Bahrain plans to build a national technology ecosystem that will help the country reduce its reliance on oil and gas is starting to show results with young people looking to get IT jobs.
Khalid Al Rumaihi, chief executive of the Economic Development Board, said in Davos that people "are beginning to see coding, programming, let alone starting up a business, as a real career path".
The World Economic Forum has gathered 3,000 government officials, chief executives and entrepreneurs to discuss how best to shape economies being rapidly transformed by technologies such as automation, the Internet of Things and the adoption of artificial intelligence.
"We are starting to see green shoots but this is a multiyear process. This is relentless. You've got to work on it, you've got to cultivate it."
According to government figures, the number of Bahraini tech startups has gone up, which highlights the growing importance of entrepreneurship to the kingdom's economic growth. The country wants to more than double this number to around 200 within the next two years.
"We are starting to see green shoots but this is a multiyear process. This is relentless. You've got to work on it, you've got to cultivate it," Al Rumaihi added.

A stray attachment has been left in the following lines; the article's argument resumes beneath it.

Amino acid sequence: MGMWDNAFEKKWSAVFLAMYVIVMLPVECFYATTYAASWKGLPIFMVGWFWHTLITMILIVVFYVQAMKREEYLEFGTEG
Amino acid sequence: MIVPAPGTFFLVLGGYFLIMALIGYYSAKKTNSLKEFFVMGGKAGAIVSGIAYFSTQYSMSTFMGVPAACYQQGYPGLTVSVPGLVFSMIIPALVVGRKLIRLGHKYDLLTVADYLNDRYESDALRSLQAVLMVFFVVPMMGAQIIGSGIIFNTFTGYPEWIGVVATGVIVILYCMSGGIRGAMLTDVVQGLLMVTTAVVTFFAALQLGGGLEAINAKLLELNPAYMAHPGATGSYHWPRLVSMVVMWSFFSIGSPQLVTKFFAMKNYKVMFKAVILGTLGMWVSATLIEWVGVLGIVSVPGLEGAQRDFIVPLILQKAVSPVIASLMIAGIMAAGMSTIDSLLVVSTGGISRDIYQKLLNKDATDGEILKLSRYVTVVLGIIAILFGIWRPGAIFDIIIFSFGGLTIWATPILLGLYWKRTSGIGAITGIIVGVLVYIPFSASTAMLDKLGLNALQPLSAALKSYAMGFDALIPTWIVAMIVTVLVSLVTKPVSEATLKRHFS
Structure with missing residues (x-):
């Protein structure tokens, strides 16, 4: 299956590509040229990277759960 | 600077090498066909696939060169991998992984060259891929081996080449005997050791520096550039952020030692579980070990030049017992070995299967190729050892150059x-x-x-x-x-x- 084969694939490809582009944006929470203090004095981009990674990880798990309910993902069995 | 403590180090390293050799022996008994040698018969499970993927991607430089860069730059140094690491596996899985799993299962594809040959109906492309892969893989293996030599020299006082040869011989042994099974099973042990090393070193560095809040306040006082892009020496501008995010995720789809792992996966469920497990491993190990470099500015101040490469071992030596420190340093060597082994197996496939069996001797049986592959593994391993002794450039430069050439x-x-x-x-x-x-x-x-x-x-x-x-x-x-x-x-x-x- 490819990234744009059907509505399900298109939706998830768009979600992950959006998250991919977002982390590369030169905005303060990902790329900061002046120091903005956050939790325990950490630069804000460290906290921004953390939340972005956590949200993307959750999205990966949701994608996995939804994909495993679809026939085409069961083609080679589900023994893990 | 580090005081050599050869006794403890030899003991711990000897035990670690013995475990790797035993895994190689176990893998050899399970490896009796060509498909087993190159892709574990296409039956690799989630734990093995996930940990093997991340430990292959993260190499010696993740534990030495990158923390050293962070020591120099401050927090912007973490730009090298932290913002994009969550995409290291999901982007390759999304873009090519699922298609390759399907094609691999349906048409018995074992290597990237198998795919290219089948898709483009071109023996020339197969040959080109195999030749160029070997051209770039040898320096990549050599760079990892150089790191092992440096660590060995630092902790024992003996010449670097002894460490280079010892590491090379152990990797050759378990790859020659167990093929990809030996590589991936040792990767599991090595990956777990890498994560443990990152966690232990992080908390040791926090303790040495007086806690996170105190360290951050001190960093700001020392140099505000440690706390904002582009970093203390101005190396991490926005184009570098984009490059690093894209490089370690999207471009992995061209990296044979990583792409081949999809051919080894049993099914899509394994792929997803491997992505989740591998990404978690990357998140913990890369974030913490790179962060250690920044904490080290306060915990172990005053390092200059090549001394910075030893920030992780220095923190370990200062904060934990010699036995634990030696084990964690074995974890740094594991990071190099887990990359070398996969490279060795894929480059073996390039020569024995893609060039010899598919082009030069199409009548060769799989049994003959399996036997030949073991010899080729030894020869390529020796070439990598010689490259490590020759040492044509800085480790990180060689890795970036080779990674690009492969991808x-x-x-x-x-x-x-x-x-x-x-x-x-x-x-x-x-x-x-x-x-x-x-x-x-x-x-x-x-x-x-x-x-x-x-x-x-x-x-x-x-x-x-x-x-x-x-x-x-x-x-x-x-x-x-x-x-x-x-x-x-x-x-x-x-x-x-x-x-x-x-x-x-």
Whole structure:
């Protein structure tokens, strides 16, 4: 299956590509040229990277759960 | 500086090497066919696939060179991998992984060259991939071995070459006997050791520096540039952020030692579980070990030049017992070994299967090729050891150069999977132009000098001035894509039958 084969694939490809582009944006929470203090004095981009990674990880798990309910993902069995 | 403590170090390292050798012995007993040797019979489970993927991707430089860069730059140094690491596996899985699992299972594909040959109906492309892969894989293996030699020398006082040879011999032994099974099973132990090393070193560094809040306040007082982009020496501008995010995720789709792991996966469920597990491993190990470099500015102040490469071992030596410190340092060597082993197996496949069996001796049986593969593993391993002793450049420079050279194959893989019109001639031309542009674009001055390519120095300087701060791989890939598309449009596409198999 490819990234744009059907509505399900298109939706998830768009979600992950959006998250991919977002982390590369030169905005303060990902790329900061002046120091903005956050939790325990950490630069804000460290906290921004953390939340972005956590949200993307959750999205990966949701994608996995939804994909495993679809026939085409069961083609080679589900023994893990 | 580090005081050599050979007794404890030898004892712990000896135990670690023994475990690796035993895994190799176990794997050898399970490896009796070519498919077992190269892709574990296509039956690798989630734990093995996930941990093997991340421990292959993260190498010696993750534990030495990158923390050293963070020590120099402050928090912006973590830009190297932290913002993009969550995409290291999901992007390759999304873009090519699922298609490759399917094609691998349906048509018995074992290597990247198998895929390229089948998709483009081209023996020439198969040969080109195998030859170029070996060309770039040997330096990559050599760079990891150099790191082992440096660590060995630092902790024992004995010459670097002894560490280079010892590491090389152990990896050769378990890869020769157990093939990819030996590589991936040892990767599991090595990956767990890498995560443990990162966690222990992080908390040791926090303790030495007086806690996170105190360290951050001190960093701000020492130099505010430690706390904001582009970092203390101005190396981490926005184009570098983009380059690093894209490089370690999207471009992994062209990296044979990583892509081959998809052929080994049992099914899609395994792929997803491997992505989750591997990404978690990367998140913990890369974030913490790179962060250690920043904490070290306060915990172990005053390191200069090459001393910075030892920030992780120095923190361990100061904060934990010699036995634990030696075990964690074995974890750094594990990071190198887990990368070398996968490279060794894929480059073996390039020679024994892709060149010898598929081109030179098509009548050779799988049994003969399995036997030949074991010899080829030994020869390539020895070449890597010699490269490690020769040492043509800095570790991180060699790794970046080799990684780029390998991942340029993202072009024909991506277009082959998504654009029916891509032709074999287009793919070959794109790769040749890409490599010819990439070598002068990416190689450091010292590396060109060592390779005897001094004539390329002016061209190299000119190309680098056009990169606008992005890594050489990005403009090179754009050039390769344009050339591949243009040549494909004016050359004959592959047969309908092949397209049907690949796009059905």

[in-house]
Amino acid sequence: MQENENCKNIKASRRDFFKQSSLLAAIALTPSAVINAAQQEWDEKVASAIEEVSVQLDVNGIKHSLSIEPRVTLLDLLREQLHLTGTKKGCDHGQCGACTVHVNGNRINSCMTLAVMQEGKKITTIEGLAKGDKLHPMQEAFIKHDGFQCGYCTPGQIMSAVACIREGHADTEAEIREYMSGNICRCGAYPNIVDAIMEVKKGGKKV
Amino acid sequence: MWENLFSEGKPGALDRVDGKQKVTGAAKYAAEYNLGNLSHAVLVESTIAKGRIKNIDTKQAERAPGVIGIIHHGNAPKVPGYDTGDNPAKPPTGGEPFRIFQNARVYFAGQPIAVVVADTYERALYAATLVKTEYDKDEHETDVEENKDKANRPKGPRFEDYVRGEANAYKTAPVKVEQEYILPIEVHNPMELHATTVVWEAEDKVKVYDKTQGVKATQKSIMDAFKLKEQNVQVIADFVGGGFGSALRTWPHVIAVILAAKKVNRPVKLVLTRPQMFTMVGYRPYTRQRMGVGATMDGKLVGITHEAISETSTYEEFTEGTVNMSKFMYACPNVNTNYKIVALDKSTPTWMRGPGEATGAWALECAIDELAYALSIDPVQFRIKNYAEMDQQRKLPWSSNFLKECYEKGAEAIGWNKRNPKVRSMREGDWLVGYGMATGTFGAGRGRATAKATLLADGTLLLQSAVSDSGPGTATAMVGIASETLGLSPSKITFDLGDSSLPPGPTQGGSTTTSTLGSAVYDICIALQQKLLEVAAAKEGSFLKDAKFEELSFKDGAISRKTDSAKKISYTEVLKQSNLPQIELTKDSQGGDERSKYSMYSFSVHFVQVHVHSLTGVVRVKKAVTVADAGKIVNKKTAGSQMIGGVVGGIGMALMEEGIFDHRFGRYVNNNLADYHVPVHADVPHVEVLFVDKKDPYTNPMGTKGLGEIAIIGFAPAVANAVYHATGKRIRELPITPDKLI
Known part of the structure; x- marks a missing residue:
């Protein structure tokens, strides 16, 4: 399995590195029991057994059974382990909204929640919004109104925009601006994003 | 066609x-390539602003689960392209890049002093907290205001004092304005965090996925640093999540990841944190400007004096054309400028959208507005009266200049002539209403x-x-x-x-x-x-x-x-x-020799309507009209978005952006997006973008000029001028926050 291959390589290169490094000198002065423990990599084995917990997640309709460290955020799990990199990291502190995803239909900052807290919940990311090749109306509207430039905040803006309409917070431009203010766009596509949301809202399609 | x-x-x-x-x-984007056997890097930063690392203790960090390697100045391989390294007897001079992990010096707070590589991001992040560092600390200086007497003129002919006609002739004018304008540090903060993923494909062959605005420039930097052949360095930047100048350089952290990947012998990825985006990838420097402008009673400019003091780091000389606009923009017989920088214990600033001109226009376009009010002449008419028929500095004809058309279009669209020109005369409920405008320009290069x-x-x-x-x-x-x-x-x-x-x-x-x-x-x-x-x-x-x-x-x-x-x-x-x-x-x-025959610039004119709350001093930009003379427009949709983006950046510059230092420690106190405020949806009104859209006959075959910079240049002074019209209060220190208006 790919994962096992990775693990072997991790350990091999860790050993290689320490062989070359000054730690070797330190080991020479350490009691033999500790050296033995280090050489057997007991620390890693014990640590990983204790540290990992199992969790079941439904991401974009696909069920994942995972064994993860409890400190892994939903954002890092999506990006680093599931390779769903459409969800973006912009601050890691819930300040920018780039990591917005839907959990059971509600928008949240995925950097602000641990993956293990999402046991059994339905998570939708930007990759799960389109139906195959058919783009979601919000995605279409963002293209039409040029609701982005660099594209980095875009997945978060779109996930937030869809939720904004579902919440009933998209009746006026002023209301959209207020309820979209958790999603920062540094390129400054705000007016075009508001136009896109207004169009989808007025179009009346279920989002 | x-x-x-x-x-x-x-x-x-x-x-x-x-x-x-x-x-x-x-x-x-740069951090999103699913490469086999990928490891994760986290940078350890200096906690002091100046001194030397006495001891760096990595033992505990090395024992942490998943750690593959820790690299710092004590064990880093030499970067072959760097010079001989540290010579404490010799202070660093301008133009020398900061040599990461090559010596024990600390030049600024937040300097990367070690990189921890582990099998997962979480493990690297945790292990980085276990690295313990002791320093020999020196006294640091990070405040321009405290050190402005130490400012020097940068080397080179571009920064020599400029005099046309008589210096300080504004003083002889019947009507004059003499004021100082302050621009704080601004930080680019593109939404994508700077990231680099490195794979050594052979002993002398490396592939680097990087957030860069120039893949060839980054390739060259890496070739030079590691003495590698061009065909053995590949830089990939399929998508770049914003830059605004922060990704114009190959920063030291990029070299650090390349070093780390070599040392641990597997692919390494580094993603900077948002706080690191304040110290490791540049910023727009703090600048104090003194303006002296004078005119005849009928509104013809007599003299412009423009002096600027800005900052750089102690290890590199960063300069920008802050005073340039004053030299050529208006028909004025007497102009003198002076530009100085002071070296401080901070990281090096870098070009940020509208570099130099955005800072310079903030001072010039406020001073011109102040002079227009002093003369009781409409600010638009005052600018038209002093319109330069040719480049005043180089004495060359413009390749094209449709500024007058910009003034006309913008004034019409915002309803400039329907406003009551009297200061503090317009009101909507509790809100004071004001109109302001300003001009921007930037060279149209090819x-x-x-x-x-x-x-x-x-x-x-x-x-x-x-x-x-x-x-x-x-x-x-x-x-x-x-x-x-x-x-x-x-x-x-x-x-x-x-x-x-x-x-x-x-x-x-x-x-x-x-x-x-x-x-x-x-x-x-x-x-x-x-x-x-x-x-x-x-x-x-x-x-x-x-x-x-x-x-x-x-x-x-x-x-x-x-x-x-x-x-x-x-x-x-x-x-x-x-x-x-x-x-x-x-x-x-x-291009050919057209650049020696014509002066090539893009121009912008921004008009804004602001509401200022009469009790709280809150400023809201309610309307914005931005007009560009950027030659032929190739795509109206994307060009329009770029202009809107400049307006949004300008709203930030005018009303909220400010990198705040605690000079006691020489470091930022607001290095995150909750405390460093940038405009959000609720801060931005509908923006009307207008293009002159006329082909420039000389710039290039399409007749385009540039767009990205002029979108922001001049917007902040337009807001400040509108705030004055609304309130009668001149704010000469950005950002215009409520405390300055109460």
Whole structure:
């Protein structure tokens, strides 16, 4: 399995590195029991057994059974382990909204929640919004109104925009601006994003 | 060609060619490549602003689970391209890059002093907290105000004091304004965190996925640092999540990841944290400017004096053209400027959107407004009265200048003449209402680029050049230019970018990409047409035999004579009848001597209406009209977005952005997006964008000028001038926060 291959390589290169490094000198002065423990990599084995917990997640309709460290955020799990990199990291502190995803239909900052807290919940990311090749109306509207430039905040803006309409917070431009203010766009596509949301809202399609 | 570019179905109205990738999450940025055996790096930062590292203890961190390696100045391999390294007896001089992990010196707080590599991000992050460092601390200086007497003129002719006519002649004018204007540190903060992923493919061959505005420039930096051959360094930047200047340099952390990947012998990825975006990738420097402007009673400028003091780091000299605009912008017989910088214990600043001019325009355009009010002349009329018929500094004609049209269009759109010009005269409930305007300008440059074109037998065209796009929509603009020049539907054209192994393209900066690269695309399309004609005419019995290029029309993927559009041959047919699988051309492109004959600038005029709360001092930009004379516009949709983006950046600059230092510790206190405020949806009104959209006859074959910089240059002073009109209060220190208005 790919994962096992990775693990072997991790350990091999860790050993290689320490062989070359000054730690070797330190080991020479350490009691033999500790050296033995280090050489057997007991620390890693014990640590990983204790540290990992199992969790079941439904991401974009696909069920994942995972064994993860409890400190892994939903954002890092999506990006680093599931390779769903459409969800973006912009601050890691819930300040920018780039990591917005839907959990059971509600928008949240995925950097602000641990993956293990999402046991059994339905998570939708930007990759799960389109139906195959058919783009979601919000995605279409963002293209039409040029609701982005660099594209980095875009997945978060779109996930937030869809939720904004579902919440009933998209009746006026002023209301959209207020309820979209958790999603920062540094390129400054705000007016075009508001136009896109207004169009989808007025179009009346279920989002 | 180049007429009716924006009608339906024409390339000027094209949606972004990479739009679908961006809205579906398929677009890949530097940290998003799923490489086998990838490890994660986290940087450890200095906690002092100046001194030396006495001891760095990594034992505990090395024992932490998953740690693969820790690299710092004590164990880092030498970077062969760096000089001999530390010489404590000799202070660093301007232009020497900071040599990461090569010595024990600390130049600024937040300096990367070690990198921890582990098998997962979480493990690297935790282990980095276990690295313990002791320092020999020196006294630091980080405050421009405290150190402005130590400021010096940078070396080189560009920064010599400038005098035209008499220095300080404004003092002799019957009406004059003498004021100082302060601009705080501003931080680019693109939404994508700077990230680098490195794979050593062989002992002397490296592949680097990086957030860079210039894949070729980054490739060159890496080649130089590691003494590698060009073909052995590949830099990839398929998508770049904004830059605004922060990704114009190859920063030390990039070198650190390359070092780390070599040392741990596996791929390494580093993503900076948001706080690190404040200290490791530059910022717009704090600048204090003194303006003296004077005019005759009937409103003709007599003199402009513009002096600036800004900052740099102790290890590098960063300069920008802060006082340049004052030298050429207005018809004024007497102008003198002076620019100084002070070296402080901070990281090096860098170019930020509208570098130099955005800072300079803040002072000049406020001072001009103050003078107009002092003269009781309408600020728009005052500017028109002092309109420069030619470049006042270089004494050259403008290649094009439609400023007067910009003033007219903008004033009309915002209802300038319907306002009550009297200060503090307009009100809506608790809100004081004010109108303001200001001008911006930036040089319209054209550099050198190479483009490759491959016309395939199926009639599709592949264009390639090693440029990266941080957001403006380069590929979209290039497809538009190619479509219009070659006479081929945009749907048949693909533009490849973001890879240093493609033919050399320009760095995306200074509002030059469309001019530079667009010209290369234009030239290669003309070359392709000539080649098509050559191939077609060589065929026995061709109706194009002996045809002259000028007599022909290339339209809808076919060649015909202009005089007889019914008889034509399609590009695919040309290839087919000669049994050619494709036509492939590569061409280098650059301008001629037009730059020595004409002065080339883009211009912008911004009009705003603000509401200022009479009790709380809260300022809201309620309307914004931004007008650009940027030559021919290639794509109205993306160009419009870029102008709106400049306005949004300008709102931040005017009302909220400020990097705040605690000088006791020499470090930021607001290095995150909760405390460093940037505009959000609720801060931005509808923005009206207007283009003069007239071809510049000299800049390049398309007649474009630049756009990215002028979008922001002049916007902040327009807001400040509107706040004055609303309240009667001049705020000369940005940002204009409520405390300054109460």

There are 88 in 2018 - up from only 14 in 2016 - across a number of segments including open banking, cryptocurrency and FinTech. The majority are international companies including from Kuwait, the US, Japan, India and Denmark.
Amazon Web Services (AWS) will operate a regional infrastructure hub from Bahrain this summer, which will nurture talent in a "tectonic shift for the region".
AWS has predicted that 10,000 data solutions architects will be needed across the region within the next five years. Al Rumaihi said about 2,500 Bahraini nationals have already signed up for AWS training programmes.
Also, leading UK-based technology company Innervate yesterday opened its first regional office in Bahrain, servicing the financial sector. With an initial investment of almost $1m, Innervate plans to recruit employees across various skill-sets to service clients in the region.
The Bahrain government has reduced capital startup requirements from $50,000 to $100 for some businesses, and the country has introduced a "sandbox" for startups in the financial technology (fintech) space, which is exempt from regulation.